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Flaster Greenberg Adds 3—Including 2 Alums—to Insurance Recovery Practice

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August 6, 2020 | The Legal Intelligencer
Erica A. Silverman

This article originally ran in The Legal Intelligencer on August 4, 2020. All rights reserved. 

This week, Flaster Greenberg announced the return of Lee Epstein and John Koch to the firm, as well as the addition of attorney Matthew Goldstein, all formerly of Weisbrod Matteis & Copley in Philadelphia. The trio joined as shareholders effective July 31st, bringing with them a nationally known Insurance Recovery Practice and over 55 years of combined legal experience. 

Lee Epstein and Alan Zuckerman, FG's managing shareholder, were both quoted extensively in a Legal Intelligencer article on the groups arrival. Click here to read the article in its entirety. 

“We wanted to expand our insurance coverage capabilities across the firm, since the group has clients they serve nationally,” said Zuckerman. “Our strategic plan is to continue to grow this practice group. Especially now, due to the pandemic, there will be an even greater need for insurance recovery lawyers,” he said.

“As the pandemic has revealed, like so many facets of life, diversity is a significant advantage at this point in my career,” Epstein said. “The ability to offer diverse services to our clients is a benefit, and if there is a dip in one area, you can compensate in another,” he said, adding that the move also presents an opportunity for Koch and Goldstein to develop and diversify their practices.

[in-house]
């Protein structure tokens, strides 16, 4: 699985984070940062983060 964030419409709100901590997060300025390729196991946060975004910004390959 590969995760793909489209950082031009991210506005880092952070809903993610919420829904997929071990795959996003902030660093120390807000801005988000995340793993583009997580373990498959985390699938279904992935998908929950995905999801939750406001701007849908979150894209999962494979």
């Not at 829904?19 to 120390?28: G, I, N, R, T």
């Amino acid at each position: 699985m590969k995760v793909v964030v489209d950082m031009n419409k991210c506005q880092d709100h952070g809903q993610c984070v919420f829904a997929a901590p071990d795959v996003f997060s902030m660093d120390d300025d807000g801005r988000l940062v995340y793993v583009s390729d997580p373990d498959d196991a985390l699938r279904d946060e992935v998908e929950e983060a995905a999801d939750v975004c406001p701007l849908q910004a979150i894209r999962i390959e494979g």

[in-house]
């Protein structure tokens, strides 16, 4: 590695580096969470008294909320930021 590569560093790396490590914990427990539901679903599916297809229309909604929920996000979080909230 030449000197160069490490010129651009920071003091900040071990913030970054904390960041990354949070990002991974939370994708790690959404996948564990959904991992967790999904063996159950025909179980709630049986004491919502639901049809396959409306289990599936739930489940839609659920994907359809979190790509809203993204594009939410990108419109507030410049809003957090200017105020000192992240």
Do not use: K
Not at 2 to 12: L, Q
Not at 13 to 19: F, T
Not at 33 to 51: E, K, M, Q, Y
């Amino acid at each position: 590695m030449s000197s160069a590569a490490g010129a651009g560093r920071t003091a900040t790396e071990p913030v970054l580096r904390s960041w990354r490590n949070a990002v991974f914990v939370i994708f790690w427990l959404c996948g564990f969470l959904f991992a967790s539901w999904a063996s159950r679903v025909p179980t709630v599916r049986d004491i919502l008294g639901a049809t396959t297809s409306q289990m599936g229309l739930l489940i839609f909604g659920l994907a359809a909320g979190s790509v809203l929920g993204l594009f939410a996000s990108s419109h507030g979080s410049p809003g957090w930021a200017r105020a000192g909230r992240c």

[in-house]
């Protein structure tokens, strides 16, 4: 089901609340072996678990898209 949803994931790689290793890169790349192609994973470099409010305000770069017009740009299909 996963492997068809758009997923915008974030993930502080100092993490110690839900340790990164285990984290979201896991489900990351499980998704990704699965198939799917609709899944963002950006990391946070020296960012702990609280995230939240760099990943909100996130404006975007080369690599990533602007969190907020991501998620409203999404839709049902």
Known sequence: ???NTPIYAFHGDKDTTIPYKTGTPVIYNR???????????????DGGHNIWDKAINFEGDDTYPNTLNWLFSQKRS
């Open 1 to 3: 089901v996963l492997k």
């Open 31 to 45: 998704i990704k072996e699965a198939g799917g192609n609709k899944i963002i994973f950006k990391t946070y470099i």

“We anticipate that our existing clients will need these services, and new clients will need these services, as well as other services that our firm can provide,” said Epstein.

“When the pandemic hit, I was speaking to many clients and potential clients, and I was struck by the variety of language in the insurance policies that could potentially apply,” indicated Epstein. 

“Insurance companies took a steadfast position in the beginning: There was no pandemic coverage. But as I have reviewed policies, I have found that [position] to be founded in some policies, while other policies called for a good, thorough examination to determine if coverage was available,” Epstein said.

“In the 1970s and 1980s, asbestos and environmental liabilities were exploding, and insurance companies evolved to address these situations by adopting exclusions, which generated significant litigation,” Epstein said. “We may revisit this type of insurance coverage litigation in terms of the variety of virus-related exclusions that the insurance industry is utilizing."

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